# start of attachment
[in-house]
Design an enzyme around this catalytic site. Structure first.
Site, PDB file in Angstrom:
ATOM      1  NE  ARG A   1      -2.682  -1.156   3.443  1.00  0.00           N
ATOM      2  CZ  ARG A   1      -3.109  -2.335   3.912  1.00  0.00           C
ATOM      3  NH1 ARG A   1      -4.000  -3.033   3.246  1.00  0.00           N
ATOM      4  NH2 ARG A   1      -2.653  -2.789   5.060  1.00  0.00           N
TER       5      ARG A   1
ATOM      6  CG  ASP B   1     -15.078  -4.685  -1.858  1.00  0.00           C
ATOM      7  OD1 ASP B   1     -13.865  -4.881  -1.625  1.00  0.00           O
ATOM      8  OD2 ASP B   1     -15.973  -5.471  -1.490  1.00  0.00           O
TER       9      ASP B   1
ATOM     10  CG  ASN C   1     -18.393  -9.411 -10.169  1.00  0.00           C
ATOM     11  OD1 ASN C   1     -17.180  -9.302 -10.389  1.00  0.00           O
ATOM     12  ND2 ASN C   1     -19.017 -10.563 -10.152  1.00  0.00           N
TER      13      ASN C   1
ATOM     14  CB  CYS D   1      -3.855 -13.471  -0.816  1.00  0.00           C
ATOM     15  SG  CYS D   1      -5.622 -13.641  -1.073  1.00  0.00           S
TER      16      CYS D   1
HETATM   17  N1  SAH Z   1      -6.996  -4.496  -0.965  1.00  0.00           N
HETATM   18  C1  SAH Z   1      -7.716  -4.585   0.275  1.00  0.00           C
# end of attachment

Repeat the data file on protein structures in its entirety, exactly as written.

[in-house]
Design an enzyme around this catalytic site. Structure first.
Site, PDB file in Angstrom:
ATOM      1  NE  ARG A   1      -2.682  -1.156   3.443  1.00  0.00           N
ATOM      2  CZ  ARG A   1      -3.109  -2.335   3.912  1.00  0.00           C
ATOM      3  NH1 ARG A   1      -4.000  -3.033   3.246  1.00  0.00           N
ATOM      4  NH2 ARG A   1      -2.653  -2.789   5.060  1.00  0.00           N
TER       5      ARG A   1
ATOM      6  CG  ASP B   1     -15.078  -4.685  -1.858  1.00  0.00           C
ATOM      7  OD1 ASP B   1     -13.865  -4.881  -1.625  1.00  0.00           O
ATOM      8  OD2 ASP B   1     -15.973  -5.471  -1.490  1.00  0.00           O
TER       9      ASP B   1
ATOM     10  CG  ASN C   1     -18.393  -9.411 -10.169  1.00  0.00           C
ATOM     11  OD1 ASN C   1     -17.180  -9.302 -10.389  1.00  0.00           O
ATOM     12  ND2 ASN C   1     -19.017 -10.563 -10.152  1.00  0.00           N
TER      13      ASN C   1
ATOM     14  CB  CYS D   1      -3.855 -13.471  -0.816  1.00  0.00           C
ATOM     15  SG  CYS D   1      -5.622 -13.641  -1.073  1.00  0.00           S
TER      16      CYS D   1
HETATM   17  N1  SAH Z   1      -6.996  -4.496  -0.965  1.00  0.00           N
HETATM   18  C1  SAH Z   1      -7.716  -4.585   0.275  1.00  0.00           C